URI grad student awarded national scholarship from clinical pathology association

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PROVIDENCE, R.I. – May 5, 2009 – Jacky Trought, a graduate student in the University of Rhode Island’s Cytotechnology Program, has been awarded a prestigious scholarship from the American Society of Clinical Pathology.

Trought, a resident of Centerville, Mass., is one of 49 students from across the country to receive the $1,000 scholarships the association awards to the nation’s top Clinical Laboratory Science students on the basis of academic achievement, professional goals, and leadership abilities.

“I feel honored to have been awarded this scholarship, since it comes from the governing body of pathologists, which decides who is worthy and who they think will progress to become successful in this field,” said Trought. “It makes me excited about what the future will bring to my new career choice.”

Cytotechnology is the microscopic study of cells for the evidence of diseases like cancer and viral and bacterial infections. Physicians use the information supplied by cytotechnologists to make a medical diagnosis.

“The beauty of cytotechnology is that, once I’ve learned the structure and formation of the cell, I can make the decision of normal and abnormal by analyzing the cellular patterns and subtle changes in both the nucleus and cytoplasm of the cell while correlating the patient’s clinical history,” said Trought. “I know and understand the pathology of cellular change, and this knowledge has opened the door of answers.”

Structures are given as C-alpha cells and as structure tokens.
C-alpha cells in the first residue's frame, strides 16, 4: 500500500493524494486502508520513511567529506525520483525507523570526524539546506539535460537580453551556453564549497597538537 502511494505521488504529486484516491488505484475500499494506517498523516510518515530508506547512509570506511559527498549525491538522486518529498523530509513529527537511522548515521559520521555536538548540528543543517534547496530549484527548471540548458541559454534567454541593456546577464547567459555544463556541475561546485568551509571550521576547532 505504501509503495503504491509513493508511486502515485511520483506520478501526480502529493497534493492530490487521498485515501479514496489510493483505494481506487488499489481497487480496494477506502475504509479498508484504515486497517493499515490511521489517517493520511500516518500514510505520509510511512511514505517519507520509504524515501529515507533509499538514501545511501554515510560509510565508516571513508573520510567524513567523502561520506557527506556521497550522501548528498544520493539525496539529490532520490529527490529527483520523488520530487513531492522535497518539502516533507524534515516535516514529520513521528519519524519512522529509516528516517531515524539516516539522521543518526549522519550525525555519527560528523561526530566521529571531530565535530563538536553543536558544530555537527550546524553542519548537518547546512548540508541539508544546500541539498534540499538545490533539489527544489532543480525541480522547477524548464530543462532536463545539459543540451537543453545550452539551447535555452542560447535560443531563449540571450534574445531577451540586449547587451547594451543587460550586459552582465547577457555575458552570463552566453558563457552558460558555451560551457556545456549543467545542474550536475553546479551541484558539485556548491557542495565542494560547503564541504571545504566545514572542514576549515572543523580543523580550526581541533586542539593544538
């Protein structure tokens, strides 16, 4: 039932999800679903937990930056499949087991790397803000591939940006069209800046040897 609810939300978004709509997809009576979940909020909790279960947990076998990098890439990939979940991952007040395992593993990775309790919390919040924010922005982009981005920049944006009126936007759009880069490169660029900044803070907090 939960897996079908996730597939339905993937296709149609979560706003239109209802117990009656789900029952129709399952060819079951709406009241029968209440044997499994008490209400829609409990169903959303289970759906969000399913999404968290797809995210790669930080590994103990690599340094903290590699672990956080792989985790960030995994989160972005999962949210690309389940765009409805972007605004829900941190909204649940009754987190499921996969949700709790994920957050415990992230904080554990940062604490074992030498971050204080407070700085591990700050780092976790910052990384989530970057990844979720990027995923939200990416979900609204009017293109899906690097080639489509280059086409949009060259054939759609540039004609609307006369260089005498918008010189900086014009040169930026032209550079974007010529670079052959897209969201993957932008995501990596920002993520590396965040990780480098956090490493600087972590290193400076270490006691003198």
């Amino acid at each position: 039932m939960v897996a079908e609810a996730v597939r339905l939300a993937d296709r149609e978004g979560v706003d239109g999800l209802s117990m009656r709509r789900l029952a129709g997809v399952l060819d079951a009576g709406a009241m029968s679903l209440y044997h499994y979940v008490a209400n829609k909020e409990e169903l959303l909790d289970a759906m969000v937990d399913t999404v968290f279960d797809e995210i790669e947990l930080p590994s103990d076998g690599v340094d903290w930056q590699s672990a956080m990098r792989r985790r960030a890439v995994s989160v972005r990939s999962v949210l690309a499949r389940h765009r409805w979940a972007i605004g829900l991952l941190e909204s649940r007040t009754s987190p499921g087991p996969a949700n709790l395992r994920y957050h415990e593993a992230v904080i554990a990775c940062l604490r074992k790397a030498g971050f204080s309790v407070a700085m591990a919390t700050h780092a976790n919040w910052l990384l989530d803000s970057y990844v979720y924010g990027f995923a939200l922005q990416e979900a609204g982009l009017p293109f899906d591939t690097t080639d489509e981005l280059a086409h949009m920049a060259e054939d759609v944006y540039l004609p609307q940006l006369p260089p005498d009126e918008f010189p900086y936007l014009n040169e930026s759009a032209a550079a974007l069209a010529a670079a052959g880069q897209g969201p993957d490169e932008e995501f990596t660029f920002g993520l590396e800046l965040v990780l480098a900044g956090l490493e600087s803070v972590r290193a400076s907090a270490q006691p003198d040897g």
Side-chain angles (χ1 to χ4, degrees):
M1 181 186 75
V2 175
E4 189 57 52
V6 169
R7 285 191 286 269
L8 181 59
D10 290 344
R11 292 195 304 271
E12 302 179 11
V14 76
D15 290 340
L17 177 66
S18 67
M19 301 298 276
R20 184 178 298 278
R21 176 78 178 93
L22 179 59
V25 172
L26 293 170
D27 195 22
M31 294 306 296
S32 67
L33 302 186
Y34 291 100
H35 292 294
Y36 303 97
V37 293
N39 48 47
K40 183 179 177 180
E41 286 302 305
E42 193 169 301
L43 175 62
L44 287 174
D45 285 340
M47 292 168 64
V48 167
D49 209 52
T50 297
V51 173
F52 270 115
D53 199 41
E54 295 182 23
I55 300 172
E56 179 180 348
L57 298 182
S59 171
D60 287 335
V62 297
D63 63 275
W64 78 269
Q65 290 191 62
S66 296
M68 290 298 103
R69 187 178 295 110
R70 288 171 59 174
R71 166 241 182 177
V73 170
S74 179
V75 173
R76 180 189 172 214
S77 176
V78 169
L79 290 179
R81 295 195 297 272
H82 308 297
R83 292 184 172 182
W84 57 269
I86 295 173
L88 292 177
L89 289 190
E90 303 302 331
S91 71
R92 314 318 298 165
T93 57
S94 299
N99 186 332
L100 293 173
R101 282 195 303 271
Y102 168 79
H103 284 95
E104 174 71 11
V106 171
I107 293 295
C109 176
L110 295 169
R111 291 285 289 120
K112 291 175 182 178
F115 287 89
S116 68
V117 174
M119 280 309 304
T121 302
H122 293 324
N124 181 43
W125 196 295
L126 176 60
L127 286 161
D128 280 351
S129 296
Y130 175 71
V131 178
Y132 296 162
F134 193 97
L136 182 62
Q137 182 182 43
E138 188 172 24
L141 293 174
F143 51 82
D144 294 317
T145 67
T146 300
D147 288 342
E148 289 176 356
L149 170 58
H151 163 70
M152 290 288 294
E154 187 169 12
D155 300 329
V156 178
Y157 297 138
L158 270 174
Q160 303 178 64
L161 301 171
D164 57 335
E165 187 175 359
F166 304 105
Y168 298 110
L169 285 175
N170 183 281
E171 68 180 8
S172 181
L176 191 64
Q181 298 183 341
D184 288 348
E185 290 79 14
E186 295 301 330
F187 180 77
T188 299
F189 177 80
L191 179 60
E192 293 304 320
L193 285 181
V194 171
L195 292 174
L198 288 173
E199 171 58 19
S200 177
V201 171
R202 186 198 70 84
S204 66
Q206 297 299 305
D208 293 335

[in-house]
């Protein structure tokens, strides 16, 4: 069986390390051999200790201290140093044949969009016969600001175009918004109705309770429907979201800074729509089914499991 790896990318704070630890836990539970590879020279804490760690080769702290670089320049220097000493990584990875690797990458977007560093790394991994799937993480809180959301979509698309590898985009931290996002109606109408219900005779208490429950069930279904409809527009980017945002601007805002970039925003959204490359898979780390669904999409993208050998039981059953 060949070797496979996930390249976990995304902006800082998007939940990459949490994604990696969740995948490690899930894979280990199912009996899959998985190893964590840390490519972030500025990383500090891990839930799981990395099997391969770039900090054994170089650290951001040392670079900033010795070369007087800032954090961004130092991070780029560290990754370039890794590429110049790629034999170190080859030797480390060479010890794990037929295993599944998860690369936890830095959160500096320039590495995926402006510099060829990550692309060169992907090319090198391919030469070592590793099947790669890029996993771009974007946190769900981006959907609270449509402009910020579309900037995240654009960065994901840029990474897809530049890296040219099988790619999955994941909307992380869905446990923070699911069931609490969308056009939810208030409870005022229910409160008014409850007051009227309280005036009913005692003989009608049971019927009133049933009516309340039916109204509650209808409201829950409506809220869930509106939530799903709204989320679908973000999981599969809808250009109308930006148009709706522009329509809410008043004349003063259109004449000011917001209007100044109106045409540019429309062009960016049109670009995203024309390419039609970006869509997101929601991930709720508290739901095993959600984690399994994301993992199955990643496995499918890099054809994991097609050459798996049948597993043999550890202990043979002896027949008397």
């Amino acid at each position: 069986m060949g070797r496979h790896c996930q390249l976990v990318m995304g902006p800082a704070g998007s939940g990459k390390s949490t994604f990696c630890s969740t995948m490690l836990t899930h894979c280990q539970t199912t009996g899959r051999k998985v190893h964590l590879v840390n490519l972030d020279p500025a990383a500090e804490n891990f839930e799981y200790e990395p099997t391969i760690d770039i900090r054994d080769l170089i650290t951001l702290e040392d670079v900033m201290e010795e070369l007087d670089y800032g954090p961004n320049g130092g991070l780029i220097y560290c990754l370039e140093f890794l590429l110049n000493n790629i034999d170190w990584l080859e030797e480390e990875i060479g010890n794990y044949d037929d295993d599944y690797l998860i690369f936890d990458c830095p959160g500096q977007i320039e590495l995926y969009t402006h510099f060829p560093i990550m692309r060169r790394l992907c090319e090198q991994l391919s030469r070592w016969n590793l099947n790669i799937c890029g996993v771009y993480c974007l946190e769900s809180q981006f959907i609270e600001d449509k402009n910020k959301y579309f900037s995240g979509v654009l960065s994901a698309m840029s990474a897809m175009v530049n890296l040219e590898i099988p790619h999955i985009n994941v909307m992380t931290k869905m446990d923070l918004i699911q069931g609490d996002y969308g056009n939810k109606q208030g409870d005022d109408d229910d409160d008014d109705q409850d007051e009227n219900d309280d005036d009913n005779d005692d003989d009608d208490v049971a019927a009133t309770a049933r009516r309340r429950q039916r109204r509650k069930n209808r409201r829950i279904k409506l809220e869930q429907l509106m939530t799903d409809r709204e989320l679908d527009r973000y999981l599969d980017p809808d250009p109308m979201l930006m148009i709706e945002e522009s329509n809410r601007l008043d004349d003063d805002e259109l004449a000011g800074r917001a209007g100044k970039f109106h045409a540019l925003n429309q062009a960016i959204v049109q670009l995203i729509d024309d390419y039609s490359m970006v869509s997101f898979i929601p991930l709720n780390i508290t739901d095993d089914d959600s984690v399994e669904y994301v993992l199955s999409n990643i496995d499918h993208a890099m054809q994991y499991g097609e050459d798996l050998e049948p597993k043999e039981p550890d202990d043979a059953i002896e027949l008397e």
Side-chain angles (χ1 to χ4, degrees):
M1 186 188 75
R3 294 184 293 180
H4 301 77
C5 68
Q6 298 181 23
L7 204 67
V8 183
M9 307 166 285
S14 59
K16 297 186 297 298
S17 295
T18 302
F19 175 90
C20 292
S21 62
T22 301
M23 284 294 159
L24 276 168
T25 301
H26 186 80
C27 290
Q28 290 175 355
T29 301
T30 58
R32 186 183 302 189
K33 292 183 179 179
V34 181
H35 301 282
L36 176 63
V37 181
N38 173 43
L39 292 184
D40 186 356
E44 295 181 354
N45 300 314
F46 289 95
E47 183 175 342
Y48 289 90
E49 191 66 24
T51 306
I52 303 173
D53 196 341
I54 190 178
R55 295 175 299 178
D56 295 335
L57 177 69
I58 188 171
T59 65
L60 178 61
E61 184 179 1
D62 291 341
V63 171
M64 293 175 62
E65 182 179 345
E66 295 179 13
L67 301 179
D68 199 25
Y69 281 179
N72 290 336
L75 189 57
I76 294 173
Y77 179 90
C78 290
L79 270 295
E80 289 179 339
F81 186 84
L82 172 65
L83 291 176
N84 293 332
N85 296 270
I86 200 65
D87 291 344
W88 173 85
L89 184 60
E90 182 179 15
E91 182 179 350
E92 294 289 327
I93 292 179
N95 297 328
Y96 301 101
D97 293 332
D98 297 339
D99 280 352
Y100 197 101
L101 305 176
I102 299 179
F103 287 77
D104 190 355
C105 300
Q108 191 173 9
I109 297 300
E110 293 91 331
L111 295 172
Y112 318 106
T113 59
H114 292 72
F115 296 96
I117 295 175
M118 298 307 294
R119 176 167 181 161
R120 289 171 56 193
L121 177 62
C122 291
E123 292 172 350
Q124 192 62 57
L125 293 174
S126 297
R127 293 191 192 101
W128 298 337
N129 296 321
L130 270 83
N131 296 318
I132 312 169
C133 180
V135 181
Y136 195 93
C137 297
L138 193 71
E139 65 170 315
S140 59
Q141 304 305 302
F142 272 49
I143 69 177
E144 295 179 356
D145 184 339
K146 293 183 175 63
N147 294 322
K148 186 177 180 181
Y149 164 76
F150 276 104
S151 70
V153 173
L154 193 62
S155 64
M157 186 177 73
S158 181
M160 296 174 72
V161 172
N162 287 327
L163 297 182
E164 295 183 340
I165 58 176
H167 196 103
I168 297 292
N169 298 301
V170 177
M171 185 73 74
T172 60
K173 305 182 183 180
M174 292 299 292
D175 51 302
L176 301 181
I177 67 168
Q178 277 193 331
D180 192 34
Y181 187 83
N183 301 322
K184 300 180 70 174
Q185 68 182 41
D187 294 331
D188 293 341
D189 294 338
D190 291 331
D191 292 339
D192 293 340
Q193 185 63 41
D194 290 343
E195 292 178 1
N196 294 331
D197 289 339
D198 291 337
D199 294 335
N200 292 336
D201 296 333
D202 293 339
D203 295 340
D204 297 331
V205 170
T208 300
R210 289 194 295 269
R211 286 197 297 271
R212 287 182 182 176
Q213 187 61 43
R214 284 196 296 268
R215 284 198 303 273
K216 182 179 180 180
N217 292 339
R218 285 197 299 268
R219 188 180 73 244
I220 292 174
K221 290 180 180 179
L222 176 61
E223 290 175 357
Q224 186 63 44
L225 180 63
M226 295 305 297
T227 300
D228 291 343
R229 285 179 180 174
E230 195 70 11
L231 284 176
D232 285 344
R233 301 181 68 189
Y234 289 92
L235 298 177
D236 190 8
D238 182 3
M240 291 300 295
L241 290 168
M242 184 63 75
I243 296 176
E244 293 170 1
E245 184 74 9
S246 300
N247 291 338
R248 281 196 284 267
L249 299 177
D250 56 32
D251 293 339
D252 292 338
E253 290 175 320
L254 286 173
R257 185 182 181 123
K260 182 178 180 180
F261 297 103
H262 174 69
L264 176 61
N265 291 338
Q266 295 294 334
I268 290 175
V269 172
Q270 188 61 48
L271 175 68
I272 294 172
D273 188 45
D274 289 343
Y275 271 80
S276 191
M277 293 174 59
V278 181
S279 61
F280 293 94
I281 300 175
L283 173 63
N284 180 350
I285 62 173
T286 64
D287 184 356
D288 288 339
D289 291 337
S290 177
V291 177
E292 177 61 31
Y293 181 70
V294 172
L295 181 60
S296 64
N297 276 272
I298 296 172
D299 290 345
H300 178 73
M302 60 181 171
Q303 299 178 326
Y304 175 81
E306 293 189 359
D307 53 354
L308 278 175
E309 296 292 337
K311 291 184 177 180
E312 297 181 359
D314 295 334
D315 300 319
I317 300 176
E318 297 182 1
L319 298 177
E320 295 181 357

In recommending Trought for the scholarship, Barbara Klitz, coordinator of the URI Graduate Cytopathology Program, wrote: “Since being admitted to the program, Jacky has taken a leadership role in the class and volunteers for any task required. She has consistently demonstrated her desire to understand the material and concepts fully by asking very challenging questions. She is an intelligent woman who hopes to expand her knowledge and contribute to society in the medical arena.”

Trought chose to pursue a degree in cytotechnology after having worked as an accountant for nonprofit organizations and developed several entrepreneurial businesses.

“When I went to the doctors, they never told me the whole story,” Trought said. “I’ve always been curious about why they didn’t explain exactly what was going on. They always just provided a diagnosis and a pill. I wanted to know more. So I set out to look for it, and I found the answers at the cellular level.”

In applying for the ASCP scholarship, Trought spent time thinking about her role in the future direction of the cytotechnology field.

“I want to be part of the changes I see coming,” she said. “I know that in order to move into the future, we’re going to have to embrace change and allow technological advancement to work for us. I want to be one of those who create that change, not just flow with it. I believe I can take these three concepts – science, biotechnology and cytotechnology – and grow with them.”

The URI student said that her pursuit of a cytotechnology career fits in perfectly with her philosophy of life.

“If you’re going to do life, do it right,” she said. “I have one chance to do everything right, and for me, health was a field that was elusive; it had more questions than answers. This career change isn’t entirely a shift away from my finance career, but it is an effort to combine both fields and make them work in my favor.”